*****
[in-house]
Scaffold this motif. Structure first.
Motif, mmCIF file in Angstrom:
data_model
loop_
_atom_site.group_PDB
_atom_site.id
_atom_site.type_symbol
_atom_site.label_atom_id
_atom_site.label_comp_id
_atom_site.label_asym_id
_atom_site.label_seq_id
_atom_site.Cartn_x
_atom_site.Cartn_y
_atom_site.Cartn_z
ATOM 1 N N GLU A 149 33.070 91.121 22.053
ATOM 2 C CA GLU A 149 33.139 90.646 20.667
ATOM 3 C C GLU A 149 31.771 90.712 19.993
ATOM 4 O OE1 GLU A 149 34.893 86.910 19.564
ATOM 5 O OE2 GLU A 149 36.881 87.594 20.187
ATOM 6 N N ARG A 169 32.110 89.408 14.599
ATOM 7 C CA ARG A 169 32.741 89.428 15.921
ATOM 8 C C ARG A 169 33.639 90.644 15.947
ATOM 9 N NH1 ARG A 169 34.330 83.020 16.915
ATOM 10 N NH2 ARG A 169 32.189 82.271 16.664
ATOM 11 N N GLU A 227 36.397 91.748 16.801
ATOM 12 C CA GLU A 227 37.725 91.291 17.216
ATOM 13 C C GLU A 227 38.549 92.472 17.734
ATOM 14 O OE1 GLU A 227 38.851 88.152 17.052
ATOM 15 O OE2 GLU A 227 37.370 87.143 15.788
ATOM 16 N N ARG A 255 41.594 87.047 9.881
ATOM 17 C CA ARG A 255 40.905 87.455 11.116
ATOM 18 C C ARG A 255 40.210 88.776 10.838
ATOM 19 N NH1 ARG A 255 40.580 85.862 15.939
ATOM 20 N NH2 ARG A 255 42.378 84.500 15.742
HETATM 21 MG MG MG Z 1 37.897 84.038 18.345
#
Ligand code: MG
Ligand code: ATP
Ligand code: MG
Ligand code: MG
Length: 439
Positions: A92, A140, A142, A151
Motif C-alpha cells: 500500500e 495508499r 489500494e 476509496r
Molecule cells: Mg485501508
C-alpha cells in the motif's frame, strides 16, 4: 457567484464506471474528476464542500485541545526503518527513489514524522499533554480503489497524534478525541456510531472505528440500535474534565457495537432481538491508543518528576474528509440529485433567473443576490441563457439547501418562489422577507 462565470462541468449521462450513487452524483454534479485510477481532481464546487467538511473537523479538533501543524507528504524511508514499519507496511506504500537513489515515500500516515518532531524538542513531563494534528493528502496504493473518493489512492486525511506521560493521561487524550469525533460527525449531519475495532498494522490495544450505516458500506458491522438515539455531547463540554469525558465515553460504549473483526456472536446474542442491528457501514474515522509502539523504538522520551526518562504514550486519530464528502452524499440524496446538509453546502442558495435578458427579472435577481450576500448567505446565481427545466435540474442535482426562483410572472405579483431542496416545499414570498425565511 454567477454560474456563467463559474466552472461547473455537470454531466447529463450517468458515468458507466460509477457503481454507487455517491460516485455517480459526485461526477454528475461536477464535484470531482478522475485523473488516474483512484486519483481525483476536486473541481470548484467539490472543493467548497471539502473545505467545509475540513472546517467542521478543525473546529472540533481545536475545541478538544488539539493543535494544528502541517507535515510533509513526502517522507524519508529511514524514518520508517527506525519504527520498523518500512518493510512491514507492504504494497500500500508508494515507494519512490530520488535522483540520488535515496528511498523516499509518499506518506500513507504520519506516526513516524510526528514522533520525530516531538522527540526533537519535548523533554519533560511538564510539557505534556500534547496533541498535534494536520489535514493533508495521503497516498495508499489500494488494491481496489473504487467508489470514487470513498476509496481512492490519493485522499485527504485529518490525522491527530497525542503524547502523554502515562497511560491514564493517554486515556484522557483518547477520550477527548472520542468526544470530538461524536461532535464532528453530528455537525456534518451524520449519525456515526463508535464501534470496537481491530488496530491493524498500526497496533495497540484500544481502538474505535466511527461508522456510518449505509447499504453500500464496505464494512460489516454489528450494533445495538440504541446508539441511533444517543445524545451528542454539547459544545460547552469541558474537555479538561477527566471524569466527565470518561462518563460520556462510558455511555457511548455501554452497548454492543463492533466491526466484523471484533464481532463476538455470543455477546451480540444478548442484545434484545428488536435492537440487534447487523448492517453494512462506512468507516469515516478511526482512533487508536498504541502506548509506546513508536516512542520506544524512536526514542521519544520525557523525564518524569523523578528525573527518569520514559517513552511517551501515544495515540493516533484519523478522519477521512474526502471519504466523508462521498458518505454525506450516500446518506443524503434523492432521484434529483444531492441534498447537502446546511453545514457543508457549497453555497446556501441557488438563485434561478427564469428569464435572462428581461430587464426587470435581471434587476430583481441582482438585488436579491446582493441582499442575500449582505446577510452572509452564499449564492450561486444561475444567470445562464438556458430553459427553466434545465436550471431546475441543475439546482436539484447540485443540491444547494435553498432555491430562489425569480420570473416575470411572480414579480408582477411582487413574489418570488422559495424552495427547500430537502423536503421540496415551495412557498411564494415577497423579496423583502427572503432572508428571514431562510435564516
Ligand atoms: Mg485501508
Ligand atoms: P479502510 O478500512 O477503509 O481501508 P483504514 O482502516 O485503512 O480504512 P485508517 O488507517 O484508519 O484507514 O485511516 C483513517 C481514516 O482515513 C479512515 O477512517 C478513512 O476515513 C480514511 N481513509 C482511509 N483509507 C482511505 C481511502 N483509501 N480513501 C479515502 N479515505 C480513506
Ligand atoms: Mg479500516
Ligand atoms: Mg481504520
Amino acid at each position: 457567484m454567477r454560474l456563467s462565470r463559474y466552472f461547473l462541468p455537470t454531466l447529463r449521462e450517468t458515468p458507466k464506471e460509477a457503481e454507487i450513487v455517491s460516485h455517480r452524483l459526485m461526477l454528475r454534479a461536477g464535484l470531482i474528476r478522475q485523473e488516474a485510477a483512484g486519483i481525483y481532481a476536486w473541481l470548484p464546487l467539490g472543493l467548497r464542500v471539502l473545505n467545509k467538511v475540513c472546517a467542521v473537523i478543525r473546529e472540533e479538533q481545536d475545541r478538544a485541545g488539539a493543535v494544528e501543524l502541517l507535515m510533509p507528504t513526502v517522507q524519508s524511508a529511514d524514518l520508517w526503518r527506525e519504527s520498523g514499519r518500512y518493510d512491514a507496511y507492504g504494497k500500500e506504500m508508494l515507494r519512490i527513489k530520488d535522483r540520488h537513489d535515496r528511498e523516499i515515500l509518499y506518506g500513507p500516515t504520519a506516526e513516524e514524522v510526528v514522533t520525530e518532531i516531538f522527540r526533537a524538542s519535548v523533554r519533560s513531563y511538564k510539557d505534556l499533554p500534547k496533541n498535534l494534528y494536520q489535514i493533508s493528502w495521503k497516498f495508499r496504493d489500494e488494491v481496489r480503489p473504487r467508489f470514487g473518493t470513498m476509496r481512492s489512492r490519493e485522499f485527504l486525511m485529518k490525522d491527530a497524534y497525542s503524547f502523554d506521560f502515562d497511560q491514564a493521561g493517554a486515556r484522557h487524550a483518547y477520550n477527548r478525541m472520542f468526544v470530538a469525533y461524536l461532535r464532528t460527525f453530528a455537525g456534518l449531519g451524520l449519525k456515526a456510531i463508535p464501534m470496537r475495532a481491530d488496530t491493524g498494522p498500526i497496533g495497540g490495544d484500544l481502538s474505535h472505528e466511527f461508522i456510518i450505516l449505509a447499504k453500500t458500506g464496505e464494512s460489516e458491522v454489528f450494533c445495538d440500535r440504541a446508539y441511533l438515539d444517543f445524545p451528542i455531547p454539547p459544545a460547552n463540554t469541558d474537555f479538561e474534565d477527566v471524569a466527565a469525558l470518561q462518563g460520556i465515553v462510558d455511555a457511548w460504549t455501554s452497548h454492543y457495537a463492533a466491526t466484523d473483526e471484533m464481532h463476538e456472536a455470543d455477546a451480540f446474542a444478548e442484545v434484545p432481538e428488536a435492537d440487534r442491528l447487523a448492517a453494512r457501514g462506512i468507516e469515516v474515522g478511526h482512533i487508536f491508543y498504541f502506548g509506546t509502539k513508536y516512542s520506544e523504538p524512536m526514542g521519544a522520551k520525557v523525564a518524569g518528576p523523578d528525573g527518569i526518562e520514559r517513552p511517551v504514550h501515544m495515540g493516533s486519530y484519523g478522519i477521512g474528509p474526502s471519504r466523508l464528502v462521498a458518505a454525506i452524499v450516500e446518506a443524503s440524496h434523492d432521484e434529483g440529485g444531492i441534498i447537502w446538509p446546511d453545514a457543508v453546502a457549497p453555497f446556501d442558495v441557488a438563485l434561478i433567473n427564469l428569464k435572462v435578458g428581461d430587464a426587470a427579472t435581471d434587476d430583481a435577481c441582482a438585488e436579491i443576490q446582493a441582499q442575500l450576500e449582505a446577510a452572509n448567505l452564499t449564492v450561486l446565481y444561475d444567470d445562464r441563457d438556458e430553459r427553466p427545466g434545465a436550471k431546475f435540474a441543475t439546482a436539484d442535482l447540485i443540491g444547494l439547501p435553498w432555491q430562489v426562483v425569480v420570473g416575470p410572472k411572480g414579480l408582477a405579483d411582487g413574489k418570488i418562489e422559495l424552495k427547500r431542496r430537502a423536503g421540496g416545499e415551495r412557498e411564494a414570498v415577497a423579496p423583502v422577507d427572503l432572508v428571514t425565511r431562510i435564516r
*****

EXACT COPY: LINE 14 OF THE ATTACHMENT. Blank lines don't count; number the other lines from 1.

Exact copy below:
_atom_site.Cartn_y